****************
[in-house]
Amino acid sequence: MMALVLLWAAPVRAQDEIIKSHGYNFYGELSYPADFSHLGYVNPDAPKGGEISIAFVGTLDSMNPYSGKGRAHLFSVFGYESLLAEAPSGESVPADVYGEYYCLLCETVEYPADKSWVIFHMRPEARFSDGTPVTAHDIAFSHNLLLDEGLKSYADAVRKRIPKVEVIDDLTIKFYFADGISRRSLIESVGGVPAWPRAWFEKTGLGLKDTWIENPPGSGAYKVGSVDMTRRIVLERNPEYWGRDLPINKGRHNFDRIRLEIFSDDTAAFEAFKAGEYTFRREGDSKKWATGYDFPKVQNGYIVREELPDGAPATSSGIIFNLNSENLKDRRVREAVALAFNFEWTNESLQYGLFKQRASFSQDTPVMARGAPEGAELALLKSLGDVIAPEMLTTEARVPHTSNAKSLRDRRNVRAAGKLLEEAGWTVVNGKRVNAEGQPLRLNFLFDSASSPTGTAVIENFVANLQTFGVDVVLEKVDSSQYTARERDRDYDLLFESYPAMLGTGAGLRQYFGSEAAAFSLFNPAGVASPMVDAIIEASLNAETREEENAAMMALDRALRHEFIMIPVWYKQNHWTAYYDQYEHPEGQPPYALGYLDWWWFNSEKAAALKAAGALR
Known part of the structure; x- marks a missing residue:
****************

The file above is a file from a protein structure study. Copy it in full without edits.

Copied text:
[in-house]
Amino acid sequence: MMALVLLWAAPVRAQDEIIKSHGYNFYGELSYPADFSHLGYVNPDAPKGGEISIAFVGTLDSMNPYSGKGRAHLFSVFGYESLLAEAPSGESVPADVYGEYYCLLCETVEYPADKSWVIFHMRPEARFSDGTPVTAHDIAFSHNLLLDEGLKSYADAVRKRIPKVEVIDDLTIKFYFADGISRRSLIESVGGVPAWPRAWFEKTGLGLKDTWIENPPGSGAYKVGSVDMTRRIVLERNPEYWGRDLPINKGRHNFDRIRLEIFSDDTAAFEAFKAGEYTFRREGDSKKWATGYDFPKVQNGYIVREELPDGAPATSSGIIFNLNSENLKDRRVREAVALAFNFEWTNESLQYGLFKQRASFSQDTPVMARGAPEGAELALLKSLGDVIAPEMLTTEARVPHTSNAKSLRDRRNVRAAGKLLEEAGWTVVNGKRVNAEGQPLRLNFLFDSASSPTGTAVIENFVANLQTFGVDVVLEKVDSSQYTARERDRDYDLLFESYPAMLGTGAGLRQYFGSEAAAFSLFNPAGVASPMVDAIIEASLNAETREEENAAMMALDRALRHEFIMIPVWYKQNHWTAYYDQYEHPEGQPPYALGYLDWWWFNSEKAAALKAAGALR
Known part of the structure; x- marks a missing residue: